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Old 11-20-2012, 07:17 PM   #65
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Per Vanguard, I'm at 12.3%
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Old 11-21-2012, 09:44 AM   #66
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Originally Posted by grasshopper View Post
In Quicken 10
1) go to portfolio view,
2) to customize view,
3) add or subtract what you want from left column to right column.
4) Avg. annual return % YTD is the one you want,
5) total at the bottom.
Is that the year to date return after it has been annualized?
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Old 11-21-2012, 09:54 AM   #67
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Is that the year to date return after it has been annualized?
The return is the IRR that equates the beginning market value as a cash outflow and the actual cash flows for the period to the ending value and is stated as an annual rate of return for the period.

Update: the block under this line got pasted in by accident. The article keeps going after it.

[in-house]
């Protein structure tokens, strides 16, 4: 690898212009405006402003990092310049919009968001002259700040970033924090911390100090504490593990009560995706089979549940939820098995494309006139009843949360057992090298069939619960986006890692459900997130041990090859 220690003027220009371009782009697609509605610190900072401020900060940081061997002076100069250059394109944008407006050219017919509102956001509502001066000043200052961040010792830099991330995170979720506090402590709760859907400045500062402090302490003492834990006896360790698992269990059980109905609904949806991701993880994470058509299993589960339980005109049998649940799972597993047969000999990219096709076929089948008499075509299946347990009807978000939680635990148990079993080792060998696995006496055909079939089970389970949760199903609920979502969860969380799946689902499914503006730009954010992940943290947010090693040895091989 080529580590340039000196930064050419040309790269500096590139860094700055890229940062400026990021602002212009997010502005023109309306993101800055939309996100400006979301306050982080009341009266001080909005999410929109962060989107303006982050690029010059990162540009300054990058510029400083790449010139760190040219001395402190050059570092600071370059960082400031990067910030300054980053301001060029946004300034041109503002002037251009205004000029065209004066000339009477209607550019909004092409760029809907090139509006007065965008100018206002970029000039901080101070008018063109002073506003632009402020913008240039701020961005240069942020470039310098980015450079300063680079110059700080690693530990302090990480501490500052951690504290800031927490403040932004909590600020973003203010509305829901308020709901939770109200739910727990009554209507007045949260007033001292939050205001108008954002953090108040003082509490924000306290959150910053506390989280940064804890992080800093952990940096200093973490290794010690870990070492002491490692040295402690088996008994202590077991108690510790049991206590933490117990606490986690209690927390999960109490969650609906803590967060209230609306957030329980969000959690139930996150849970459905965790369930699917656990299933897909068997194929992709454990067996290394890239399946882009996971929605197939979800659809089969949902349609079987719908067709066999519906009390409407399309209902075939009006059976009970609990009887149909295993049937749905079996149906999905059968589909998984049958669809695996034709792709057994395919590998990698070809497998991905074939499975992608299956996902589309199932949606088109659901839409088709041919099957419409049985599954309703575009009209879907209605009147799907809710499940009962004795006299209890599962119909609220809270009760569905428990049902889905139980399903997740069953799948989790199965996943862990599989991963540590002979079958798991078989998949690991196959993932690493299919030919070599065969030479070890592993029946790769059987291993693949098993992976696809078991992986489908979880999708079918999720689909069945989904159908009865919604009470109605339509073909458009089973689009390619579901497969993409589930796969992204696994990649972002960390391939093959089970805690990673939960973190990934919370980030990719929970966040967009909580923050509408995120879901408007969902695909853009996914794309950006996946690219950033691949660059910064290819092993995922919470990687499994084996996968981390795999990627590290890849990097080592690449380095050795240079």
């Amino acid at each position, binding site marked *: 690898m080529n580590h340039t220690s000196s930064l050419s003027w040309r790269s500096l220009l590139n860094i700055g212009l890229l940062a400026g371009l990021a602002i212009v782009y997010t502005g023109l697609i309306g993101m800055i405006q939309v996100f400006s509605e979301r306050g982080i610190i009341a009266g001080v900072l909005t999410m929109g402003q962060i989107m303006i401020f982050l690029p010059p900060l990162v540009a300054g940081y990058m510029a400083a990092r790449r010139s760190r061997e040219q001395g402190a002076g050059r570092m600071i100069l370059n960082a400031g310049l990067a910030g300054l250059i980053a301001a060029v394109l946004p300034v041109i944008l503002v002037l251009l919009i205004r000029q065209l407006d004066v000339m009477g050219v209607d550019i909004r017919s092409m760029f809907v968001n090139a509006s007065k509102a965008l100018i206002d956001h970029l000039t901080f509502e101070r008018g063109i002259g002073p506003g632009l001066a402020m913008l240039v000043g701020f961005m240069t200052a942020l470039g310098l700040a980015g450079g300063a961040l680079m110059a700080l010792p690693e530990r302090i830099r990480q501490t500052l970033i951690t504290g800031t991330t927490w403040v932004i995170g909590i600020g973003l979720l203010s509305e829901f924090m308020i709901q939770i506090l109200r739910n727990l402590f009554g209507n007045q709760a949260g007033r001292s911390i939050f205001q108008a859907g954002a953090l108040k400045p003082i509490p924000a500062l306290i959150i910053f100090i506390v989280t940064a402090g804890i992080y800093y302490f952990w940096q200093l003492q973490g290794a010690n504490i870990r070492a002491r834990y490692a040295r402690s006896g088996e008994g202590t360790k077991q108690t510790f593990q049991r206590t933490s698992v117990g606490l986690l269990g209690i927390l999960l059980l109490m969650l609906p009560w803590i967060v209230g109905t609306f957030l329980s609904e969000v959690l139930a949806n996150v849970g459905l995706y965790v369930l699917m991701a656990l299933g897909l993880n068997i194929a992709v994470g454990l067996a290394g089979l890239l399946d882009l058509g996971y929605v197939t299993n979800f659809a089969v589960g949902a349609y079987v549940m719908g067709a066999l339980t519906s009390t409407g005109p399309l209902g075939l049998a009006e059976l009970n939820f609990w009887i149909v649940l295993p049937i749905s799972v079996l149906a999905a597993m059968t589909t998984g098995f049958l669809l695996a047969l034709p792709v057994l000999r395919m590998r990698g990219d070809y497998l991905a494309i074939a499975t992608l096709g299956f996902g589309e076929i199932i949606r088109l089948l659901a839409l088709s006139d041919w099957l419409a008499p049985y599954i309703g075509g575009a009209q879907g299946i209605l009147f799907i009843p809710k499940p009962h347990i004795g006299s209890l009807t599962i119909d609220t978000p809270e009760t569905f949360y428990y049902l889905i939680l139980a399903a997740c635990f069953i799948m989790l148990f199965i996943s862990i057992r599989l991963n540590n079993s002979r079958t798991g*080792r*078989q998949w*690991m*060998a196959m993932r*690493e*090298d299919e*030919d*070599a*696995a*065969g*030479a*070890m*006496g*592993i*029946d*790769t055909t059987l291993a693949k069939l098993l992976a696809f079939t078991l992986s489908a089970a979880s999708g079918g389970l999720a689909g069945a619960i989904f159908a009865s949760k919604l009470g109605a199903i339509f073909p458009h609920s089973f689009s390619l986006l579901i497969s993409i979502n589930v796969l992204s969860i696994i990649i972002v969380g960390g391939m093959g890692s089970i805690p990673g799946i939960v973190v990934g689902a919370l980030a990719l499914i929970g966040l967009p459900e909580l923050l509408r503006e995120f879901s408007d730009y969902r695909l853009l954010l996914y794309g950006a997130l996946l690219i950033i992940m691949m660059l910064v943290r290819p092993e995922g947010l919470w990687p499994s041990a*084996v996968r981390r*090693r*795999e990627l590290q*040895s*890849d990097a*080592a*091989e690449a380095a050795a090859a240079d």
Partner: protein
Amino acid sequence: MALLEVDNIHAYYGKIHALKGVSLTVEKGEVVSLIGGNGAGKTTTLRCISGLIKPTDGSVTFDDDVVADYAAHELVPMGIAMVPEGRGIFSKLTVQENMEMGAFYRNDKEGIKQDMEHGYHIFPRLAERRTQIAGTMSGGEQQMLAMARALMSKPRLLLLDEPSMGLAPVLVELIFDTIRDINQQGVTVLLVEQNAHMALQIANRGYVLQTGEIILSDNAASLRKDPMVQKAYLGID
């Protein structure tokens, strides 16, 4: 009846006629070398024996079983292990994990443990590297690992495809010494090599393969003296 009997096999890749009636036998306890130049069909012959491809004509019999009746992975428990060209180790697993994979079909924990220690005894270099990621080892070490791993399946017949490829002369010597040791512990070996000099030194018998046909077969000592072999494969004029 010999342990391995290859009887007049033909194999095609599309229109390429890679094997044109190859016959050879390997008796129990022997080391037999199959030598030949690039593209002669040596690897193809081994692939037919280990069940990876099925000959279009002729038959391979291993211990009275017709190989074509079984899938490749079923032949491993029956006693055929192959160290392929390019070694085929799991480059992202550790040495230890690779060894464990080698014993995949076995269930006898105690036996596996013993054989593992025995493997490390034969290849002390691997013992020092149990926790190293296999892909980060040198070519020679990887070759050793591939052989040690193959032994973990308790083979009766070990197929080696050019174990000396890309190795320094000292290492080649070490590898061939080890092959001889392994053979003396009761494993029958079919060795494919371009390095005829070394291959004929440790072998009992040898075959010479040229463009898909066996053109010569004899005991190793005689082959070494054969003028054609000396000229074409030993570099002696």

Or put more simply, it is an annualized return.
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Old 11-21-2012, 10:02 AM   #68
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The return is the IRR that equates the beginning market value as a cash outflow and the actual cash flows for the period to the ending value and is stated as an annual rate of return for the period.

Or put more simply, it is an annualized return.
Thanks for the clarification.

Please note that the OP was asking for YTD, which is something different. I am not sure that everybody realizes the difference.

As the end of the year approaches, the difference diminishes, but in early months of the year it can be quite large.